Welfare attitudes in a changing Europe
Earlier this week, we released data for 18 of the 24 countries who took part in Round 8 (2016). In this post, Wim van Oorschot - who helped design the welfare module in Round 8 - explains the importance of repeating this Round 4 (2008) module.
In all European countries the welfare state with its social benefits and services became substantially challenged in the past decades. For instance, intensified international economic competition threatens the redistributive capacity of national welfare states, while population aging, new family arrangements and labour market flexibilisation confront the welfare state with new social risks that have to be taken care of.
To be sure, the welfare state is not only challenged by structural changes, increasingly it is also subjected to more ideologically grounded accusations of undermining individual autonomy and responsibility, of damaging traditional social ties and of weakening private forms of solidarity and self-help.
As a result, substantial welfare reforms are visible in all European countries, however, taking different forms and directions depending on national legacies and circumstances. But in all cases traditional solidarities, such as between older and younger generations, between rich and poor, between active and inactive people are under pressure.
In addition, for many, the solidarity between natives and newcomers has turned into a central welfare issue. Basically, the cohesion of European societies, to which the traditional welfare state has contributed so much, has become a major concern.
The welfare attitudes of European populations play an important role in opening or blocking the way for intended welfare reform measures, while they also strongly affect the social legitimacy of measures taken. This makes it important to know, not only what people’s attitudes are to present-day welfare debates and policies, but also what the public feels about the future of their welfare states.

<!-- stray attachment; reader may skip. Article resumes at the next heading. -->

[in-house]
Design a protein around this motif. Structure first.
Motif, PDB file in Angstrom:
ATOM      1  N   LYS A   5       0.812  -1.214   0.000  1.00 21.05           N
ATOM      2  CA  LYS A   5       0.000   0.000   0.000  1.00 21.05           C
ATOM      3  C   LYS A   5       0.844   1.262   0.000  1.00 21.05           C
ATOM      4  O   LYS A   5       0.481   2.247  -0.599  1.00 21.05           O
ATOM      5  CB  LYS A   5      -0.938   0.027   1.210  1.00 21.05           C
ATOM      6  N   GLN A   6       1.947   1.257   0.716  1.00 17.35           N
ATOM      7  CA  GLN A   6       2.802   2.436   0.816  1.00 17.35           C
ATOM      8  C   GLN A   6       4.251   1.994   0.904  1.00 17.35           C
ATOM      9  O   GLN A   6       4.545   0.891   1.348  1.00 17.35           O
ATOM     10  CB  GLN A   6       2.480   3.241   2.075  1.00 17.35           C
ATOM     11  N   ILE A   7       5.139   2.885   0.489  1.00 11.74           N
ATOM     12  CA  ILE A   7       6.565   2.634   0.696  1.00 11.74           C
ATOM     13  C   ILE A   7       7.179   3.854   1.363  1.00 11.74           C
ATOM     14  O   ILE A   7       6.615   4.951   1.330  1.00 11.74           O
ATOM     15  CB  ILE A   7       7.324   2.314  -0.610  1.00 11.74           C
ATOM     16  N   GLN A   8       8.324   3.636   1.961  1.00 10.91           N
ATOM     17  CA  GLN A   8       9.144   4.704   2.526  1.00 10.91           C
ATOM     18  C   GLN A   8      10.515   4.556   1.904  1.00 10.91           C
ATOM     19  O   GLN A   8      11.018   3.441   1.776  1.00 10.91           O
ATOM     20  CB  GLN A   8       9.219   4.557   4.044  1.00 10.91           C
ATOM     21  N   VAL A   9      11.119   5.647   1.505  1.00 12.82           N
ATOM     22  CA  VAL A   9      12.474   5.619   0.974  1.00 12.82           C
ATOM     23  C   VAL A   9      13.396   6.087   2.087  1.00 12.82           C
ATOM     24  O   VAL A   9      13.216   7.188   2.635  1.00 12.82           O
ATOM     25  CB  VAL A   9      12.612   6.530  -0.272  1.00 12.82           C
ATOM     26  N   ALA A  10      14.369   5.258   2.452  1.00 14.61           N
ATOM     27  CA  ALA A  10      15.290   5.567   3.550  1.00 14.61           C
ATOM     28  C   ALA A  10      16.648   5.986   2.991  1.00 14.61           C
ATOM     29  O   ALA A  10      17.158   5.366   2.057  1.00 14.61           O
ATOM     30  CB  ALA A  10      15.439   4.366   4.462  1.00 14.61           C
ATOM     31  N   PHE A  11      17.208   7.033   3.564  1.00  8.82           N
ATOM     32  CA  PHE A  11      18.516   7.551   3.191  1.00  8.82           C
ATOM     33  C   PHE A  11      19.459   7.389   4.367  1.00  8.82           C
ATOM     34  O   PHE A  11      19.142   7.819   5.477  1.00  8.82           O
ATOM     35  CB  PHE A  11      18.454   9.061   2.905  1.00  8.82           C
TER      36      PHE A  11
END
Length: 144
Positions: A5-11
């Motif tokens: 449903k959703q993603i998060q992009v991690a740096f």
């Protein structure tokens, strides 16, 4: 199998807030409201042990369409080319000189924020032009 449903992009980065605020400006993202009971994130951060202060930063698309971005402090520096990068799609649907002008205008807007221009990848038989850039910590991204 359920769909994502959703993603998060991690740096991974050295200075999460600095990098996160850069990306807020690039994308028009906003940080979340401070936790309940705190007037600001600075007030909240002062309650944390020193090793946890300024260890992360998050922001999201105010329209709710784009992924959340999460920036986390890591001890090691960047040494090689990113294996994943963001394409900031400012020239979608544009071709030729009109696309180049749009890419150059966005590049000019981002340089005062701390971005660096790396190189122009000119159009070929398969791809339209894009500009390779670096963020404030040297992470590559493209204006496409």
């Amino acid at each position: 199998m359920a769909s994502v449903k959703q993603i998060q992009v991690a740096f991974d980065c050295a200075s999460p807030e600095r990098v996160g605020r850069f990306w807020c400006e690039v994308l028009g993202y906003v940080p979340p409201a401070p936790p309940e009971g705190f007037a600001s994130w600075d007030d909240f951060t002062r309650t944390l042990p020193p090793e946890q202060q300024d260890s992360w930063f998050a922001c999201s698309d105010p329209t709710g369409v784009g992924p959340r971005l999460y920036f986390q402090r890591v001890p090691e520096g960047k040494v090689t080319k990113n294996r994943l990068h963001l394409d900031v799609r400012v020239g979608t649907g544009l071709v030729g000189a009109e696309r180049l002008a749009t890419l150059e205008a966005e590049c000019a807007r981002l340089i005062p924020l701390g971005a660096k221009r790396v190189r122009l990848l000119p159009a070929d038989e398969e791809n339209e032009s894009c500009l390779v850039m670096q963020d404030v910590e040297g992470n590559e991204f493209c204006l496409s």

The European Social Survey modules on welfare attitudes are designed to generate this kind of knowledge. What the first module of 2008 found thus far is, for instance, that in terms of welfare attitudes there seem to be two European worlds: in the Northern-Western part people generally endorse the principle of redistribution and welfare state responsibility for citizen’s well-being and they evaluate positively the way in which these principles are implemented, while in the South and East people as well endorse the principles, but are mostly disappointed about the benefits and services that are actually delivered to them.
As for the general legitimacy of the welfare state, it was found that quite a few Europeans are critical about the moral and economic consequences of welfare provision by the state (e.g. that welfare would make people less responsible for each other and themselves, that welfare would be bad for people’s work ethic and for economic competitiveness), but Europeans even more so see the social advantages of welfare provision (that welfare reduces inequality and stimulates social order, and that welfare provision leads to better quality of life for many).
Given the economic problems, an interesting example of a finding is also that the better the economy fares, the more welfare minded and solidaristic Europeans tend to be. Or, the other way round, and perhaps more telling, in times of economic hardship the wider public in Europe tends to be less in favour of shared solidarity